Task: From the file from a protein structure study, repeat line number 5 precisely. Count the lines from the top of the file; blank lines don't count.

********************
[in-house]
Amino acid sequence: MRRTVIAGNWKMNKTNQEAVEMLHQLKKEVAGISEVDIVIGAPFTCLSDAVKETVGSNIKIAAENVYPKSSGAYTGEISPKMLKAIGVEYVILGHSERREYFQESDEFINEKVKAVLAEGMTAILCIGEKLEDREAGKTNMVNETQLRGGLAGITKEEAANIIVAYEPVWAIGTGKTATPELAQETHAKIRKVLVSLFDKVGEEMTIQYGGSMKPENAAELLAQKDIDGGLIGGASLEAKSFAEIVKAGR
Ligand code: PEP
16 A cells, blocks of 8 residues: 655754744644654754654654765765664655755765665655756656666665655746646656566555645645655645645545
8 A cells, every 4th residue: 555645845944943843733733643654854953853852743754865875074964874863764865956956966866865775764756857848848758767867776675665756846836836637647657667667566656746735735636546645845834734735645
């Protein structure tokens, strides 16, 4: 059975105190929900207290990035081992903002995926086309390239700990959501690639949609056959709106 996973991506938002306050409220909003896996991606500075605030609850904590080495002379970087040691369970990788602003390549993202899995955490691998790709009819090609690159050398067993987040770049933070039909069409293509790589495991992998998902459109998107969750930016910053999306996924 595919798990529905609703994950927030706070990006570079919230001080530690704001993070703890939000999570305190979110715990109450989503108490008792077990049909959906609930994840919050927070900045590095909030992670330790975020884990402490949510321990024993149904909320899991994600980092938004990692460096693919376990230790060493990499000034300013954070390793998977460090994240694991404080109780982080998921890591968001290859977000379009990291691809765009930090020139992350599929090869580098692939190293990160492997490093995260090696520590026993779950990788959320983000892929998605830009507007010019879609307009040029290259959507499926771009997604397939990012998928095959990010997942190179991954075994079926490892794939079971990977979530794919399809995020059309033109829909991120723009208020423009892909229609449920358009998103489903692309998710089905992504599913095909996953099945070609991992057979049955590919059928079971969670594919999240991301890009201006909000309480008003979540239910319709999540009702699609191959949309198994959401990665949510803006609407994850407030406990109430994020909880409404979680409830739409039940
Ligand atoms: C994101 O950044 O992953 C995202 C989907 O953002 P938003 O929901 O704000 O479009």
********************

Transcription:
8 A cells, every 4th residue: 555645845944943843733733643654854953853852743754865875074964874863764865956956966866865775764756857848848758767867776675665756846836836637647657667667566656746735735636546645845834734735645